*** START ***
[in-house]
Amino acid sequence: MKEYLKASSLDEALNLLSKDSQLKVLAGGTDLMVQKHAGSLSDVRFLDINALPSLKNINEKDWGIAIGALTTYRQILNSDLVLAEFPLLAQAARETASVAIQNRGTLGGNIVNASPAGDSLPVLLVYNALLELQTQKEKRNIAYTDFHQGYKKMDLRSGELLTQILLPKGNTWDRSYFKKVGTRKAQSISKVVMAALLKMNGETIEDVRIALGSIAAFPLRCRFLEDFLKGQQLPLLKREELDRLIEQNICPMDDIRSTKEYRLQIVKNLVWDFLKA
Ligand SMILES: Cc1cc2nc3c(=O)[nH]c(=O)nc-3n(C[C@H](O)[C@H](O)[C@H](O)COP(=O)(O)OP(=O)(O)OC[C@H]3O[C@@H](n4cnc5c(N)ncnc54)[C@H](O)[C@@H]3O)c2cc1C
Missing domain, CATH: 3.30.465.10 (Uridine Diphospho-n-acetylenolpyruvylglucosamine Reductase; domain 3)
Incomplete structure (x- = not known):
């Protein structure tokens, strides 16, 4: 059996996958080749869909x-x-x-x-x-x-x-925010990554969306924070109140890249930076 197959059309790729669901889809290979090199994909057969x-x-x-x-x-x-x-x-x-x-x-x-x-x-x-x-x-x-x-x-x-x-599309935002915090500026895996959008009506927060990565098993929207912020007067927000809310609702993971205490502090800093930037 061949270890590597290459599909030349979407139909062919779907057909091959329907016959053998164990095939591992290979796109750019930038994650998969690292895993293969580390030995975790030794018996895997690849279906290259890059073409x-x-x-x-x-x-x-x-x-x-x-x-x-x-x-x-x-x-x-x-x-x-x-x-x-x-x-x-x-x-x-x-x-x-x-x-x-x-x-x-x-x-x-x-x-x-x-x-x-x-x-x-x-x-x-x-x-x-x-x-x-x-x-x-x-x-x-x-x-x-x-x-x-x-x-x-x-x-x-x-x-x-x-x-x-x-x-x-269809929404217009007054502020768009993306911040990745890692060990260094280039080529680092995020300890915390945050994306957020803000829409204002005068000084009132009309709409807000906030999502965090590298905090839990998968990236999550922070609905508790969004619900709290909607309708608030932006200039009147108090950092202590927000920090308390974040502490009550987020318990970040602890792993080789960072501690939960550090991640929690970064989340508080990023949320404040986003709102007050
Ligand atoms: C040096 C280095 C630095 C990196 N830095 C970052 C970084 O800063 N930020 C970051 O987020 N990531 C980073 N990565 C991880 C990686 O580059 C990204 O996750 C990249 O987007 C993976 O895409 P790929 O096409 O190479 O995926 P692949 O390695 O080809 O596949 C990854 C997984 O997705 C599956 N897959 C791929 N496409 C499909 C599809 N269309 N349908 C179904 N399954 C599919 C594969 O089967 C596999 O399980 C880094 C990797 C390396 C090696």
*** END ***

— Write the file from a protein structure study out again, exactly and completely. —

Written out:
[in-house]
Amino acid sequence: MKEYLKASSLDEALNLLSKDSQLKVLAGGTDLMVQKHAGSLSDVRFLDINALPSLKNINEKDWGIAIGALTTYRQILNSDLVLAEFPLLAQAARETASVAIQNRGTLGGNIVNASPAGDSLPVLLVYNALLELQTQKEKRNIAYTDFHQGYKKMDLRSGELLTQILLPKGNTWDRSYFKKVGTRKAQSISKVVMAALLKMNGETIEDVRIALGSIAAFPLRCRFLEDFLKGQQLPLLKREELDRLIEQNICPMDDIRSTKEYRLQIVKNLVWDFLKA
Ligand SMILES: Cc1cc2nc3c(=O)[nH]c(=O)nc-3n(C[C@H](O)[C@H](O)[C@H](O)COP(=O)(O)OP(=O)(O)OC[C@H]3O[C@@H](n4cnc5c(N)ncnc54)[C@H](O)[C@@H]3O)c2cc1C
Missing domain, CATH: 3.30.465.10 (Uridine Diphospho-n-acetylenolpyruvylglucosamine Reductase; domain 3)
Incomplete structure (x- = not known):
């Protein structure tokens, strides 16, 4: 059996996958080749869909x-x-x-x-x-x-x-925010990554969306924070109140890249930076 197959059309790729669901889809290979090199994909057969x-x-x-x-x-x-x-x-x-x-x-x-x-x-x-x-x-x-x-x-x-x-599309935002915090500026895996959008009506927060990565098993929207912020007067927000809310609702993971205490502090800093930037 061949270890590597290459599909030349979407139909062919779907057909091959329907016959053998164990095939591992290979796109750019930038994650998969690292895993293969580390030995975790030794018996895997690849279906290259890059073409x-x-x-x-x-x-x-x-x-x-x-x-x-x-x-x-x-x-x-x-x-x-x-x-x-x-x-x-x-x-x-x-x-x-x-x-x-x-x-x-x-x-x-x-x-x-x-x-x-x-x-x-x-x-x-x-x-x-x-x-x-x-x-x-x-x-x-x-x-x-x-x-x-x-x-x-x-x-x-x-x-x-x-x-x-x-x-x-269809929404217009007054502020768009993306911040990745890692060990260094280039080529680092995020300890915390945050994306957020803000829409204002005068000084009132009309709409807000906030999502965090590298905090839990998968990236999550922070609905508790969004619900709290909607309708608030932006200039009147108090950092202590927000920090308390974040502490009550987020318990970040602890792993080789960072501690939960550090991640929690970064989340508080990023949320404040986003709102007050
Ligand atoms: C040096 C280095 C630095 C990196 N830095 C970052 C970084 O800063 N930020 C970051 O987020 N990531 C980073 N990565 C991880 C990686 O580059 C990204 O996750 C990249 O987007 C993976 O895409 P790929 O096409 O190479 O995926 P692949 O390695 O080809 O596949 C990854 C997984 O997705 C599956 N897959 C791929 N496409 C499909 C599809 N269309 N349908 C179904 N399954 C599919 C594969 O089967 C596999 O399980 C880094 C990797 C390396 C090696």